“The mainstream comes at you, but you have to go underground.” – Frank Zappa
In order to fully comprehend the term underground, we must begin with a working definition of what it is part of mainstream culture. From there, we will be able to contrast the two elements. Mainstream concepts are those which are perceived as being the ‘norm’ or commonly accepted, whereas the term 'underground' can portray a different meaning to all of us.
To support or be part of an underground network indicates a rejection of commonalities and mainstream notions; such a definition can also be associated with the music industry. During Italy’s early 1900s, musicians worked to create music alongside the ever-growing technological industry, determined to change the ways that music was made and distributed. Yet, if we think back to the early 1900s, we know that much of the music created was not recorded until much later. It became a mainstream idea when the notion of incorporating technology and music came to play, rather than what the Futurists had created as an underground, lesser known concept. Their determination to progress the manner in which music was created and shared, and their resistance against conservative and common ideas about music shifted the entire music industry forever. However, it would be foolish to believe there existed no resistance movements of any kind before this time. Not just art, but social. Not just social, but political. Not just political, but religious. Resistance is resistance, in any shape or form.
The term was commonly used during the era of World War II, where resistance movements to ruling regimes would literally meet in underground, secret locations. Later, the term kept its literal meaning during the period of prohibition in the United States. Bars and jazz clubs struggled against their own government to continue to serve alcohol to patrons. These activities were generally carried out in the basements of salons or theatres, thus making them both figuratively and literally ‘underground’. This was an act of rebellion towards the common law. Today, however, the sale and consumption of alcohol is legal and bars are no longer considered to be part of the underground, as they have been accepted by and large by the general population. Thus, we cannot look at one activity or entity in particular and claim it is ‘underground’. Underground is about the context and acceptance; nothing more and nothing less.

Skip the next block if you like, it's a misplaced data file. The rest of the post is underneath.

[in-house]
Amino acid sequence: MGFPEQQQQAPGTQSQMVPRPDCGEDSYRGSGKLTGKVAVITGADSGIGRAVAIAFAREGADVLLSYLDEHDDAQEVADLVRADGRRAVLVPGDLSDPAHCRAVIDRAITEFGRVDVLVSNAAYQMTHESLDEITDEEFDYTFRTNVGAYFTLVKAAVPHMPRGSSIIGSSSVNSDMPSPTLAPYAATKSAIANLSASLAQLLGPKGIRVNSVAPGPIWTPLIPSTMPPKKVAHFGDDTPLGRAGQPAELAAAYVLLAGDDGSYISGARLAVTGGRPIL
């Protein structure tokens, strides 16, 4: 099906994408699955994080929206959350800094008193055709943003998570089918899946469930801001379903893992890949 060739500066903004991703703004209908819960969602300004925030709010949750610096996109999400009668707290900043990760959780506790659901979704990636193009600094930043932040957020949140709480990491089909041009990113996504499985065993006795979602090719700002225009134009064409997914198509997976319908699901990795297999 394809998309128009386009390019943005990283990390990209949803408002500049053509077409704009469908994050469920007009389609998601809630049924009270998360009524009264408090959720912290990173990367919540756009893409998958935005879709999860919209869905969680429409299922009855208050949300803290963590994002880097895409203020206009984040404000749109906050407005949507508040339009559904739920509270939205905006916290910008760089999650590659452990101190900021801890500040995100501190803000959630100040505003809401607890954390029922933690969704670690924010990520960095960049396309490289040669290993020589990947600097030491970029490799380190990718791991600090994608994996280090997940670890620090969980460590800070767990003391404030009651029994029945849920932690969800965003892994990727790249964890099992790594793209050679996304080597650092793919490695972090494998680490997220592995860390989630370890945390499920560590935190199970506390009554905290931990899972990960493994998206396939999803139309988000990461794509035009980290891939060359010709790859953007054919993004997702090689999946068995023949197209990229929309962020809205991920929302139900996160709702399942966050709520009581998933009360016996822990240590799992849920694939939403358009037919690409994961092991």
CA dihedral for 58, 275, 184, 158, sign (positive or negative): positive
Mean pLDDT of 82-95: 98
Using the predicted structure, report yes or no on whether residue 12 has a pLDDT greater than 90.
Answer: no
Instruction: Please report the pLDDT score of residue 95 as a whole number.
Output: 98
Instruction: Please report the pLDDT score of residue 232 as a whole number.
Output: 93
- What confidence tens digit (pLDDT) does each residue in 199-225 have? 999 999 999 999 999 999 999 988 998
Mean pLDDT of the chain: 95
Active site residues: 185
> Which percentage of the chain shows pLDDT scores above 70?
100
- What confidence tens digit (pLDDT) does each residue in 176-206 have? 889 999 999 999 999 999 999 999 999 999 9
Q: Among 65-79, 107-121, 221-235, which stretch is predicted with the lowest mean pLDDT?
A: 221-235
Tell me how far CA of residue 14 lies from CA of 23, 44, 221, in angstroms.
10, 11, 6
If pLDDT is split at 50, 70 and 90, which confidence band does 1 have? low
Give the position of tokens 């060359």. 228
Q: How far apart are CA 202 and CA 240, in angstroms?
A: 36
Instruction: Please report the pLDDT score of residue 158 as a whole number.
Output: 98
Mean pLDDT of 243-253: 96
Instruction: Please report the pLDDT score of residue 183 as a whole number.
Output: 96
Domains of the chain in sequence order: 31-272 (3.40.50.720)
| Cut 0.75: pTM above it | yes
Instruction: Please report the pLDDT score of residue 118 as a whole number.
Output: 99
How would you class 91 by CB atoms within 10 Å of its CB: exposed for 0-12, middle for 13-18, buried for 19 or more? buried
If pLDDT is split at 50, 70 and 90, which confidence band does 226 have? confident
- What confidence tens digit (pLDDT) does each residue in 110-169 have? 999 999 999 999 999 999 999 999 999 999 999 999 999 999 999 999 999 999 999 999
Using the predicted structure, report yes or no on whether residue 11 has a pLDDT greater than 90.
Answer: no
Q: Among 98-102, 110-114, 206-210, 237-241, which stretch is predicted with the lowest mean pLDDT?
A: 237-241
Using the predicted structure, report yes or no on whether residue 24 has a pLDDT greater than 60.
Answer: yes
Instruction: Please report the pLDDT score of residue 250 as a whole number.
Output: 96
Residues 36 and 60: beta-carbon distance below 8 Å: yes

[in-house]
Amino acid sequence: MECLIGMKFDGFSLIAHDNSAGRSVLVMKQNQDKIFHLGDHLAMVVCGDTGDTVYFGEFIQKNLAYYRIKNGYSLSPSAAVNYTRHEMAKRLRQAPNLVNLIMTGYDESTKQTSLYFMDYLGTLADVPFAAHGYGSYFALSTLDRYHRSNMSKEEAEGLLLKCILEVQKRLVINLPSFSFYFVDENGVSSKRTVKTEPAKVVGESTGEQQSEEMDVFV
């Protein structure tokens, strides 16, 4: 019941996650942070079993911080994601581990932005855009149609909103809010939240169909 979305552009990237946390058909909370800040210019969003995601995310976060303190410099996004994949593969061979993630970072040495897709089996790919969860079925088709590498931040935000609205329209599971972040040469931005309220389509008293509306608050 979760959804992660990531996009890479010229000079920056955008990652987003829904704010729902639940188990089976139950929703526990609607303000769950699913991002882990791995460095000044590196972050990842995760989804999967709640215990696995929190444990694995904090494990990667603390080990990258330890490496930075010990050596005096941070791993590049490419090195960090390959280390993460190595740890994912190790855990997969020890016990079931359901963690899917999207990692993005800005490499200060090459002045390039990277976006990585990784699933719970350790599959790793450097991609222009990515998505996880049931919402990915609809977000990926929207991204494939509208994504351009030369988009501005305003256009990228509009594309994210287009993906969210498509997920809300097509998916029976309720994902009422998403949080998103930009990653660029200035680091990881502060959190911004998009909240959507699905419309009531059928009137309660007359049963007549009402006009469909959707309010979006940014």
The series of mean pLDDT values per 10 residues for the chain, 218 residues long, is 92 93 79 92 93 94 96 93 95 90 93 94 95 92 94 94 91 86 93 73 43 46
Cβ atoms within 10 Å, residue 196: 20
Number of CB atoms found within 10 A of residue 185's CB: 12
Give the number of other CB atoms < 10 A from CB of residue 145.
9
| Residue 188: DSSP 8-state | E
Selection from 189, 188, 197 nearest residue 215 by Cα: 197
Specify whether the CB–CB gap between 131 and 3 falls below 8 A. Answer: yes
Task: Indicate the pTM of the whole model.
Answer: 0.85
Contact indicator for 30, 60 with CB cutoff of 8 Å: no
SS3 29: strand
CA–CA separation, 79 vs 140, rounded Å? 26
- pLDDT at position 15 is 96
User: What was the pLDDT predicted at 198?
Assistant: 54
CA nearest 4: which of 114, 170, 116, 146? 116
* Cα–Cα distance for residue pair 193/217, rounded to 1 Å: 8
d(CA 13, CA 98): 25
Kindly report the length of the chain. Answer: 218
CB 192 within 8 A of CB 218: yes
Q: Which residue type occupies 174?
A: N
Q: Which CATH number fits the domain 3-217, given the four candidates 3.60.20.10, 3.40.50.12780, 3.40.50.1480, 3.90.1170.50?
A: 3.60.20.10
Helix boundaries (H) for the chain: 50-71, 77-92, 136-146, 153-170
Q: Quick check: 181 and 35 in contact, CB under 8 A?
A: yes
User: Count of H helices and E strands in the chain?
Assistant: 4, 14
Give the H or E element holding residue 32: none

The examples used above can easily be compared to the music industry. Music that is not widely accepted or known by others may be considered as “underground”. However, it is difficult to know how many people listen to a particular style of music, especially in an increasingly globalized world. Perhaps your favourite artist is not so popular in your own town or country, but elsewhere may be considered common and ‘mainstream’. It has become evident that the music industry has had trouble using the term, or fear that what they once perceived to be underground has lost its means to be labeled under such category. This may be true, since bringing something into the mainstream means that it has become widely accepted, and a commonality.
Perhaps in ten years from now, your idea of underground music will become the mainstream, and a new wave of underground ideas will swipe the old ones away. The underground is dynamic and ever changing, only time will be able to judge what can and can’t be classified as ‘underground’. Underground ideas are not purely rooted in music and trenches, or bars and jazz clubs; the history is much deeper than that, with great social, political, and religious connotations. We can determine what is underground only by contrasting it against what is mainstream during our own times and place.